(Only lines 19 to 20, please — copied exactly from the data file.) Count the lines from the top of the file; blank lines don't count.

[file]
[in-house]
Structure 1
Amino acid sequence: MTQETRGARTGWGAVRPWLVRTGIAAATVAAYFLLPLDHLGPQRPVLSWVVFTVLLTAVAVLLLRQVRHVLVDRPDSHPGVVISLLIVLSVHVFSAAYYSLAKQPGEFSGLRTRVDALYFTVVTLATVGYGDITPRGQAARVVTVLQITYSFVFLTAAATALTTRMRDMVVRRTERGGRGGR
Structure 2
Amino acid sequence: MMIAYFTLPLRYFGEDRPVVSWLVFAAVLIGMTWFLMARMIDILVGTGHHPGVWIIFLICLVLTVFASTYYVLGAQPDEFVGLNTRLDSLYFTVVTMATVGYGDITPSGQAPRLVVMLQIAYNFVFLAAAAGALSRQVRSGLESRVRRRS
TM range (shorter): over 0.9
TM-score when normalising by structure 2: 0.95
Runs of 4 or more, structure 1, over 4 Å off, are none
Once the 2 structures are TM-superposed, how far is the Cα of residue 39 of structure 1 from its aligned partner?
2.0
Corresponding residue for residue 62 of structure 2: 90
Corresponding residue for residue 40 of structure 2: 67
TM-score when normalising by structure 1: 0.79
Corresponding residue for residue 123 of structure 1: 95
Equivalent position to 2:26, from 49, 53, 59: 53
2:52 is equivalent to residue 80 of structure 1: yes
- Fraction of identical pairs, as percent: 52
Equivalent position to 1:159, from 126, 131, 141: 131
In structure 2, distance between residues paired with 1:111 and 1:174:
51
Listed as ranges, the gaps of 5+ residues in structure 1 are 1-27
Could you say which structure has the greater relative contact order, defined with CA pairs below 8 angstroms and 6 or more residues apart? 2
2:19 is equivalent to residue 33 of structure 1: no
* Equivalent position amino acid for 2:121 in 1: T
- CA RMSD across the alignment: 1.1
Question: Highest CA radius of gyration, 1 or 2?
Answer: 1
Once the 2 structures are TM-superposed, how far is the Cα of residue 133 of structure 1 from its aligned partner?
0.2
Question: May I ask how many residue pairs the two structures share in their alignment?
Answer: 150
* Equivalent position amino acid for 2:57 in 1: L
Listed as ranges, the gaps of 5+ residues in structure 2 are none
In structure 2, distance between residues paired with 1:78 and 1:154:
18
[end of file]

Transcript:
In structure 2, distance between residues paired with 1:111 and 1:174:
51